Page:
|Loading cars at the ferry’s southern terminus, 75 miles northwest of Vancouver.|
The engine room beyond this space is nearly the same as the other engine room but contains only one 280-kW genset. An emergency genset, identical to the three main sets, is located on an upper deck. This gives remarkable redundancy, as the whole ship’s electrical systems can be operated on a single generator. In addition, battery backup would allow all of the navigation, engine control and steering systems on the bridge to continue operating with more than enough time to get to the nearest terminal in the unlikely event of a total electrical failure. Larson also pointed out that the ship’s heat recovery system takes waste heat from the engines and uses it to heat the passenger areas.
Better vehicle ramps
An emergency damage control room on the main car deck level permits the operation of all engine room and firefighting systems if the engine room is evacuated. The deck’s central section can accommodate semis and other high loads and allows for 125 automobile equivalent units. Galleries on both sides can take an extra 26 cars that drive up fixed ramps; loading and offloading on previous ferries was slowed by more cumbersome hydraulically operated ramps.
Two levels of accommodation provide seating for 600 passengers as well as a gift shop and snack bar. Above that, deck five is a crew deck. Deck six is a service space with electrical equipment as well as HVAC. A bridge deck above that contains two equal consoles to allow for double-ended operation.
From the operator’s perspective, the MechTronics controls are the central feature. Typical azimuthing drive controls, they differ in that the left-hand control moves the two forward z-drives together while the right-hand unit controls the two stern drives. With the new ferry in operation for only a few weeks, Capt. Maxted, Chief Mate Terry Scott and Second Mate Ron Copp were still checking options to find the sweet spot for landing in varying tidal conditions. “Turning the forward drives outboard sets the side of the two forward nozzles against the water flow so it’s like setting up a barn door for braking the forward movement,” explained Maxted. He said his vessel was still working out the most effective balance of fore-and-aft nozzles for landings. The slipping clutch, which comes into effect under 400 rpm, is an important contributor to precise maneuvering.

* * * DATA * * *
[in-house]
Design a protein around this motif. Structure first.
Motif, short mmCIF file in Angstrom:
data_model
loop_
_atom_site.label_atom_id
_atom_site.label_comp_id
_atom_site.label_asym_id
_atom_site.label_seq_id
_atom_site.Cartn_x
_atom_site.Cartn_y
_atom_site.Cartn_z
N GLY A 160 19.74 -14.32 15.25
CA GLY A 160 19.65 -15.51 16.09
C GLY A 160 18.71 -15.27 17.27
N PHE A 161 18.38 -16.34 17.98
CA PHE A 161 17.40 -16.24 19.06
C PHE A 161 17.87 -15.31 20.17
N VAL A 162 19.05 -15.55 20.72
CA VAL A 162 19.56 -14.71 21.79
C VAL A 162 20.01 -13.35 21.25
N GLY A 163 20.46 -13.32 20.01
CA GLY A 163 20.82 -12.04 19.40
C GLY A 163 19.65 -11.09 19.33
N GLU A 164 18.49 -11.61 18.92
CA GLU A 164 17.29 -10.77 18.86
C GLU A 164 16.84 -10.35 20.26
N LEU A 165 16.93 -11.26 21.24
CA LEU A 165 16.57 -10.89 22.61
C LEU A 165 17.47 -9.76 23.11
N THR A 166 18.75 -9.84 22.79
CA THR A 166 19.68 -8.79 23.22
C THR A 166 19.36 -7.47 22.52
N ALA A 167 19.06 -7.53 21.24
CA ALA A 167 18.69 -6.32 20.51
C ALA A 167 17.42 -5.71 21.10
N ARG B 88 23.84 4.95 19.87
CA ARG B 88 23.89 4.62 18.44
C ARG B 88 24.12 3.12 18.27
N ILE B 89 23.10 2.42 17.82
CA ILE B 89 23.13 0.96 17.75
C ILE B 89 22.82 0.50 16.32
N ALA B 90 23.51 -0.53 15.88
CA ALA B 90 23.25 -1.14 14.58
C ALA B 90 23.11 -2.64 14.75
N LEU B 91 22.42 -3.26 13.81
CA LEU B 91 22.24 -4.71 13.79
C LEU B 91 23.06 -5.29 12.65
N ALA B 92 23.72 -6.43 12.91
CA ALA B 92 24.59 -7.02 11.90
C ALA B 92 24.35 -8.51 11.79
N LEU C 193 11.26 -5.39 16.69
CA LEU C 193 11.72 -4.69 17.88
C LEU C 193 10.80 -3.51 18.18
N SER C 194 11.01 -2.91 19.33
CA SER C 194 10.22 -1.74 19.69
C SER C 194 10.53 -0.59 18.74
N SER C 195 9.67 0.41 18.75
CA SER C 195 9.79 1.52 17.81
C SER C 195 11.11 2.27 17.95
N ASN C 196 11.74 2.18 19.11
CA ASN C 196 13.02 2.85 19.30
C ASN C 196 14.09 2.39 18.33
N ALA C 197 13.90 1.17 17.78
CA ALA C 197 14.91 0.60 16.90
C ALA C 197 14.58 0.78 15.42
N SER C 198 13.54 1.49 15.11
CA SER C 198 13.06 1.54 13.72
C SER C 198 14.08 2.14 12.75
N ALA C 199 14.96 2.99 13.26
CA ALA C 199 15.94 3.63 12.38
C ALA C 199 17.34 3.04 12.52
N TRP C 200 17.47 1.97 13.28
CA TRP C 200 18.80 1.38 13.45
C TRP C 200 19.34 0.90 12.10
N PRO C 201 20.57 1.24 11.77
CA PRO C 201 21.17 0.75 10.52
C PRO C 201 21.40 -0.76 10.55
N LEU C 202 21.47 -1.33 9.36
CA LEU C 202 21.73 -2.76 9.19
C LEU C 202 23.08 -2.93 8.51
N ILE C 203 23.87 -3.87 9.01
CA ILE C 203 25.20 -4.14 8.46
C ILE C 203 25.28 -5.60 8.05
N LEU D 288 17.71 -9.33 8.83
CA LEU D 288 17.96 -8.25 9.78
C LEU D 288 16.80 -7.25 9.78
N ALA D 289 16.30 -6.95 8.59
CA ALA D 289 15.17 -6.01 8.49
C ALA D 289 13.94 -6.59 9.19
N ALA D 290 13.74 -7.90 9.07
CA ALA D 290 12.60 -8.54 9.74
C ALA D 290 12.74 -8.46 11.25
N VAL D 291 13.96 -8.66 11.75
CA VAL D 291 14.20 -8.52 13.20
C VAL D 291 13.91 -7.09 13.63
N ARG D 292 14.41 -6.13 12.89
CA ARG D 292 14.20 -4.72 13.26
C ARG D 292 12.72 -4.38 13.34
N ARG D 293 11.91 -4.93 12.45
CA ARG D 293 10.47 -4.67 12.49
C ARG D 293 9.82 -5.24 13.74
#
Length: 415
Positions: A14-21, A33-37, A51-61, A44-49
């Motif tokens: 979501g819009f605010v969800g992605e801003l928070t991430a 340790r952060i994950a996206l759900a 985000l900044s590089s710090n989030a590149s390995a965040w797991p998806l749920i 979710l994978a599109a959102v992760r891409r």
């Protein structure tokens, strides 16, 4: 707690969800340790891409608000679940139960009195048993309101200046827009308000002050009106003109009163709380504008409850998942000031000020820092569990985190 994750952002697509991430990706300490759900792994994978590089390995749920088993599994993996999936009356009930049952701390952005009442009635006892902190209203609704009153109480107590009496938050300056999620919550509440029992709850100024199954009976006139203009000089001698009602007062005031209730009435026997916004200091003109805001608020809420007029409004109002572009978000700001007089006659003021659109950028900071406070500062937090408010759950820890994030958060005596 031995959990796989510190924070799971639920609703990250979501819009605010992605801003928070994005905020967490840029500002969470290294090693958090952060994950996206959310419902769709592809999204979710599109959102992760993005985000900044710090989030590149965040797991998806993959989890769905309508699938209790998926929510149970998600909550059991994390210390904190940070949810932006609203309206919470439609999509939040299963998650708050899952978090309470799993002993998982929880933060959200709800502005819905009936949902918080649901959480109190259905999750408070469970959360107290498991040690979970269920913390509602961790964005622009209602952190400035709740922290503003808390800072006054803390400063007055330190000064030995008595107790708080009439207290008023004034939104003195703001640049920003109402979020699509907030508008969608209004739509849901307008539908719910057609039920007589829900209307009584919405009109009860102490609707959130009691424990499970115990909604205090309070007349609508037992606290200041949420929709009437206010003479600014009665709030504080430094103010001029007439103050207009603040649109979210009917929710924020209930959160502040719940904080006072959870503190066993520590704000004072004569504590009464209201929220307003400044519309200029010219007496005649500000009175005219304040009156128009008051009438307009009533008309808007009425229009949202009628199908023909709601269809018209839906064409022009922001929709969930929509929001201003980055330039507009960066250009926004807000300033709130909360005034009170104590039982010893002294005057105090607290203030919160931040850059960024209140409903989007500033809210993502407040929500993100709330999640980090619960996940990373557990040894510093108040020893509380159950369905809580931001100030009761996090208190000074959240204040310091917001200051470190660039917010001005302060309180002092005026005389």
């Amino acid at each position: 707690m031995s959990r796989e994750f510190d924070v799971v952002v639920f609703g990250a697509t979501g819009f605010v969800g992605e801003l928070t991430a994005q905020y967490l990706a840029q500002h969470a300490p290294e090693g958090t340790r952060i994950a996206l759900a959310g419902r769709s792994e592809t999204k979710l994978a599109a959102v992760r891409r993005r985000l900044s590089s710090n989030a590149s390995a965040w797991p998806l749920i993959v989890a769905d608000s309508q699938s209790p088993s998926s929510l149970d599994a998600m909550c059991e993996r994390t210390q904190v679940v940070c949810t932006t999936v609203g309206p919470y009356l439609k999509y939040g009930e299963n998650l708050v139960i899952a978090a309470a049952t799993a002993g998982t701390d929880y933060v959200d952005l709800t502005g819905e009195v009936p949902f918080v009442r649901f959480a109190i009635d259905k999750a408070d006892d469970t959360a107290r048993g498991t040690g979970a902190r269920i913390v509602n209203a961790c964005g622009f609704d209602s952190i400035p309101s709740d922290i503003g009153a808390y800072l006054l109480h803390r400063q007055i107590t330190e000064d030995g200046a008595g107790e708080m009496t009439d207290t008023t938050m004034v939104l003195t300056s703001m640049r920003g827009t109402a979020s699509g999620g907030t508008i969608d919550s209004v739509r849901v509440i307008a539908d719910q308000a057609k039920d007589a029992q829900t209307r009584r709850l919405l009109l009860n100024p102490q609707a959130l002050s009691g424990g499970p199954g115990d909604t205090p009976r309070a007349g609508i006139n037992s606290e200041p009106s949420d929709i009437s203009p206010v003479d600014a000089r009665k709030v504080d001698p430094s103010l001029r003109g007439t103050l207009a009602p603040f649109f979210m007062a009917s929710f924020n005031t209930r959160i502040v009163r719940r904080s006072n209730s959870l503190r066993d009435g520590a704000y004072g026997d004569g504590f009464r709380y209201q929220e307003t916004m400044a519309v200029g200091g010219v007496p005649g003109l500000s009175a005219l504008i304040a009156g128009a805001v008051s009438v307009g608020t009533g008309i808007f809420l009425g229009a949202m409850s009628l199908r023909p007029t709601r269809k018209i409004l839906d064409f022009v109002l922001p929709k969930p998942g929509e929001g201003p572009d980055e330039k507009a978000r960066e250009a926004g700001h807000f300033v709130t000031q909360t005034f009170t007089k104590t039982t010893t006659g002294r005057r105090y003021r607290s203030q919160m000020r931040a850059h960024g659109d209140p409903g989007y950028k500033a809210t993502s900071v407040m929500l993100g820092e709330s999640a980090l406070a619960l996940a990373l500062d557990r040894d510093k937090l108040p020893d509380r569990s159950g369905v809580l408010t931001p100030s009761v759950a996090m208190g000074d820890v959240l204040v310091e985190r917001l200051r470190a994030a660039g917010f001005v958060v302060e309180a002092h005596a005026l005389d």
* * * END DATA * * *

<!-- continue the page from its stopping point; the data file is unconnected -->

The twin control centers are extremely well fitted out to meet SOLAS standards; Maxted pointed out the wheelmark logo on a number of the instrument displays signifying they meet IMO standards (Island Sky was built to Lloyds classification +100 A1 passenger and vehicle ferry). Each console has a pair of large Sperry Marine BridgeMaster radar displays and a prominently displayed Transas electronic chart system showing vessel position and heading. The z-drive control levers were supplied by B.C.-based MechTronics Technology, whose subsidiary, Impeg, supplied the Niigata engines and Z-Pellers.
|Third Engineer Dana Larson with one of the Niigata main engines. Propulsion comes from four Niigata AP 21-CL Z-Pellers, one in each corner of the vessel. A slipping clutch in the head of the z-drives allows for slower turns at lower rpm.|
Other devices mounted on a console between the two command stations include a Saab R4 navigation system for AIS, a SeaTechnik draft indicator, Rutter voyage data recorder, a Skipper echo sounder, Sea Marine navigation lights control panel and a control panel and indicator for the IMS watertight door system. The dazzling array of equipment will serve the ferry well when harsh winter outflow winds whistle down Jervis Inlet. But the bridge deck also boasts many decades of knowledge gleaned from time on vessels from coastal fishing boats to oceangoing ships, and it’s this knowledge, accumulated by the officers who operate the equipment, that will make this a safe ship.
On a purse-strings note, B.C. taxpayers, who are often upset with cost overruns on British Columbia-built ferries, should be pleased to hear that Island Sky was built on a fixed-cost contract to oblige the private sector to be efficient. Word on the B.C. waterfront is that the ship’s replacement cost could be as much as twice the C$45.5 million contracted price. It is hard to beat a fine vessel at a better-than-market price. â€¢